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Hundreds of people took to the streets of Iran’s second city Mashhad on 28 December 2017 to protest against rising prices and President Hassan Rouhani’s economic policies. From the beginning, rumours circulated about the ‘real forces’ behind the protests, with some sources suggesting that the demonstrations were staged by hardliners to put pressure on the ‘pragmatist‘ president. These rumours were reinforced when Vice-President Eshaq Jahangiri warned the hardliners about playing with fire. Although it is difficult to determine exactly who is pulling the strings, the Mashhad protests sparked demonstrations across the country. Although they made international headlines for a week or so, many commentators found it difficult to make sense of the situation, and it was often compared to the 2009 protests.
However, the scope and scattered nature of the recent protests are not comparable to 2009 or in fact any other uprising in the history of the Islamic Republic. Historically, major social mobilizations against the state have taken place in cities like the capital Tehran. Even the 1979 revolution was primarily an urban uprising, centred mainly in Tehran and other major metropolises. Hence, for the security forces, maintaining order in Tehran has been tantamount to controlling the rest of the country.
The recent protests, by contrast, have decentralized the dissent and brought marginal areas into the political and security equation. The other main difference is the numbers. Although the 2009 protests were mainly limited to the major urban centres, more people participated in them. While the recent protests have been more widespread and most of the gatherings have not gone beyond the thousands, tens of thousands at the most, millions of people took part in the 2009 protests.
Over the last two decades, the country has witnessed two major protests (the student protests of 1999 being the other one), both of which were focused in Tehran and other major cities. The ethnic dimension is important too because in 2009, there were hardly any large uprisings in non-Persian urban areas. Although this time Tabriz, a mainly Azari city, was again silent, some other Azari towns such as Ardabil joined the protests. The Kurdish regions were also quiet in 2009, but this time Kermanshah became a significant centre of the protests.
The recent dissent has been dubbed the ‘uprising of the poor’, who have been hardest hit by the country’s economic woes. The protests that followed the allegedly rigged presidential election in 2009 mainly attracted middle-class protestors who prioritized their political and cultural grievances over economic demands. Although it is difficult to separate economic and political demands, rising prices and growing inequality were the main instigators of the recent protests.
Iranian factional politics played a defining role in the 2009 protests. Reformist leaders such as Mir Hossein Mousavi and Mehdi Karroubi mobilized millions of people while the hardliners were united behind Mahmoud Ahmadinejad. These leaders and their supporters believed that the presidential election was rigged in favour of Ahmadinejad. In the end, the struggle between these two factions largely defined the protests. However, the protests that broke out in late 2017 have – apart from the first demonstration in Mashhad – had only a small factional dimension, which took every faction of the Islamic Republic by surprise. Most of the slogans were anti-establishment and hardly any of the factions have benefited from the recent events. More importantly, reformist factional leaders like Muhammad Khatami seem to have very little influence over the angry protesters.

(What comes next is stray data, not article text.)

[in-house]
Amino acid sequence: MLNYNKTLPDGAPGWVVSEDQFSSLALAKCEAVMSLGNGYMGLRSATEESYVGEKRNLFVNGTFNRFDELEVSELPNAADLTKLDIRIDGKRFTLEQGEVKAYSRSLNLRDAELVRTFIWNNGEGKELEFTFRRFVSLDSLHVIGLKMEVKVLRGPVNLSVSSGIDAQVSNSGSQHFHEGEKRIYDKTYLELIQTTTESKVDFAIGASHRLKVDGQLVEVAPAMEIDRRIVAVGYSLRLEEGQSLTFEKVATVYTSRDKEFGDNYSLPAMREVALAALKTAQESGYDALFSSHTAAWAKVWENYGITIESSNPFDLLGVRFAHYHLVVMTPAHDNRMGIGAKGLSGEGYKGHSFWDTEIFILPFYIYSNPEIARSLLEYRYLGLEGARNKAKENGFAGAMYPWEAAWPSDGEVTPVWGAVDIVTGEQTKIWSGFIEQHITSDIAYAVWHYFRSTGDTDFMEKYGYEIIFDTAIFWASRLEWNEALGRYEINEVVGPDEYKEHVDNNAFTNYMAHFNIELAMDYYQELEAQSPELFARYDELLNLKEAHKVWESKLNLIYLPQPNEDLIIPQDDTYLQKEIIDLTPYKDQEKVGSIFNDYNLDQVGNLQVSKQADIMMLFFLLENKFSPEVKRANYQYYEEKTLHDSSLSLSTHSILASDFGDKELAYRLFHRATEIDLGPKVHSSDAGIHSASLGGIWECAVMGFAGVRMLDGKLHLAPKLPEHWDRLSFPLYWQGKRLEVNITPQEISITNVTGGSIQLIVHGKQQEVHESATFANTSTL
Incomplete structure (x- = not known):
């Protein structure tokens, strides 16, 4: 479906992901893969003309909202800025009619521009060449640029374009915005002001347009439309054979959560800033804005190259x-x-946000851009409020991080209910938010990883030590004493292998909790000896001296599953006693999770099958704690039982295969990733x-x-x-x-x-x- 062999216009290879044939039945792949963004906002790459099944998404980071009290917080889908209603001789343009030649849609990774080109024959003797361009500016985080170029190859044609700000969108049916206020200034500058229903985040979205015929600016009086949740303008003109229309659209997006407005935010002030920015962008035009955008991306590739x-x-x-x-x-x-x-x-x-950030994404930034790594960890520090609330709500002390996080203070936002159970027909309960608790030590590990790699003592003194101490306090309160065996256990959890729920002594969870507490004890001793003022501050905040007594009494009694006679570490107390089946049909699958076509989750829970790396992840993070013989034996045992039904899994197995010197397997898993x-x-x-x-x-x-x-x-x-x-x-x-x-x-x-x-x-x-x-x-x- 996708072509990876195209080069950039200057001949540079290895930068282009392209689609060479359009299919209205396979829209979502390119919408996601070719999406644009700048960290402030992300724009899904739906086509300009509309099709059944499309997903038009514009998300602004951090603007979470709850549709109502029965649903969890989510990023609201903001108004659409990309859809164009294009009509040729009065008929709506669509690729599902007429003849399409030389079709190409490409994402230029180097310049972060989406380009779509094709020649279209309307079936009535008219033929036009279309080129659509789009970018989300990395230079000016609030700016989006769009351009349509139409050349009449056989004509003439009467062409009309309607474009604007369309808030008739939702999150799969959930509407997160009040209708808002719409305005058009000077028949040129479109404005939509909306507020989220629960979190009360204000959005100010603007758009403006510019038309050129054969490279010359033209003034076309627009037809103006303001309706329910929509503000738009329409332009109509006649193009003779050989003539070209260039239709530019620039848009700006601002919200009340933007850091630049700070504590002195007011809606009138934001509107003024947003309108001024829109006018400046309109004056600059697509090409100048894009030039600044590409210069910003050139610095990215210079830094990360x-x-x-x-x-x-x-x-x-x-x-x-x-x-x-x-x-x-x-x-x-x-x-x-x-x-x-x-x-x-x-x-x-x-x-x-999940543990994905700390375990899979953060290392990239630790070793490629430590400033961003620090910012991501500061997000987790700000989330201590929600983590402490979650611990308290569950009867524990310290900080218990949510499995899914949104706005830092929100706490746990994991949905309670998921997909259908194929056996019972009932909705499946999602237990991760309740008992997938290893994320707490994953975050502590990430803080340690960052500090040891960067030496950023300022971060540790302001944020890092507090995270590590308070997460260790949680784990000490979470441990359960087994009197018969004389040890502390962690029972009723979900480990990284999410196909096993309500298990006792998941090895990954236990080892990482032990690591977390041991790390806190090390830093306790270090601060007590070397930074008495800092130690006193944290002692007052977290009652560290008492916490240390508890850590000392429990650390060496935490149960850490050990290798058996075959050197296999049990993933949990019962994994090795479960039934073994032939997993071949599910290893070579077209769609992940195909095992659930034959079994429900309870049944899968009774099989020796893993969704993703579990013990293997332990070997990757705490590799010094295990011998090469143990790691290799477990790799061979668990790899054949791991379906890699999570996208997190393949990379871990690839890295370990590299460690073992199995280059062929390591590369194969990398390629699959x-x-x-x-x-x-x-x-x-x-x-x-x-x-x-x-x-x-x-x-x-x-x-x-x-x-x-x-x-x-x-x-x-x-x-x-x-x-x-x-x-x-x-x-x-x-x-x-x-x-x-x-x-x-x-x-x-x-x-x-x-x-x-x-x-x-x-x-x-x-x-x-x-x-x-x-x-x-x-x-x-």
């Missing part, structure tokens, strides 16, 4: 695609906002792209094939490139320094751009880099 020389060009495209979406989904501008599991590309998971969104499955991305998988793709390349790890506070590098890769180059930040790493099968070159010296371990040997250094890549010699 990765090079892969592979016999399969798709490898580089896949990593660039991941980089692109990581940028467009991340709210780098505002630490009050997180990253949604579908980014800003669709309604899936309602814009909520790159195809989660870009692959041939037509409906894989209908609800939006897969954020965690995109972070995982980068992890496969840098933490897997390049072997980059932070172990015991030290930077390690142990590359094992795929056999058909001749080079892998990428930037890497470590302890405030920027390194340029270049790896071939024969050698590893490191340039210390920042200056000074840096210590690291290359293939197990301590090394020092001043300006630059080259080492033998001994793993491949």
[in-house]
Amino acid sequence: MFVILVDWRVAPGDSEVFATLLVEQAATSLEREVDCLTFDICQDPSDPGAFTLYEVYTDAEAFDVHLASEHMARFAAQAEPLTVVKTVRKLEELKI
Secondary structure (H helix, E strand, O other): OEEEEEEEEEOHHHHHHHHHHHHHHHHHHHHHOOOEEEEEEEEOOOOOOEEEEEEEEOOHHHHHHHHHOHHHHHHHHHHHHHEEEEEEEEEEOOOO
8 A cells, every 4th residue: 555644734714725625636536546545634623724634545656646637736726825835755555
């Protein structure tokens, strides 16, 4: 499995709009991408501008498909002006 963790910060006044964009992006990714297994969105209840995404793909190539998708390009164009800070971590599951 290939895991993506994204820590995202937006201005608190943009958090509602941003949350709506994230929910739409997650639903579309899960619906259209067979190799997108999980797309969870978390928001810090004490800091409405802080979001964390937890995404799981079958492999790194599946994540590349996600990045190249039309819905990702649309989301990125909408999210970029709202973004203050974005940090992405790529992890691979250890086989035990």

Also unlike 2009, the recent unrest has had no leadership and no sense of unified objectives. In 2009, the protest started with a single slogan of ‘Where is my vote?’ This time around, the cries for economic reform quickly turned into anti-establishment slogans. For the first time since the founding of the Islamic Republic in 1979, some protesters demanded the return of the monarchy. Many of the defamatory slogans directly targeted the supreme leader, one of the country’s most revered figures. Other slogans targeted Iran’s interventionist foreign policy, such as ‘No Gaza, no Lebanon, I sacrifice my life for Iran’, ‘Leave Syria alone, look at what is happening at home’. Although in the later stages of the 2009 uprisings, some protesters went beyond factional politics and chanted slogans against the supreme leader and Iran’s interventionist foreign policy, there were more well-defined political objectives.
The two protests do share one similarity, however: neither the protests nor the subsequent crackdown have had an impact on Iran’s relations with the outside world. In both cases, establishment figures such as the supreme leader and the president blamed ‘foreign agents’ for paving the way for some of the deadly clashes. Although the recent protests have not been as bloody as 2009, the US government was quick to warn the regime against cracking down on protesters, and President Donald Trump posted a Tweet publicly encouraging the protestors to fight on. This is a dramatic turnaround from his predecessor’s quiet diplomacy, which disappointed many protestors in 2009. One of the popular slogans at the time was ‘Obama, you are either with them or us’. The current unrest has served only to strengthen Trump’s view that the Iranian leadership should go. However, his open criticism may backfire, say experts, by opening the door for hardliners to increase repression and then blame America.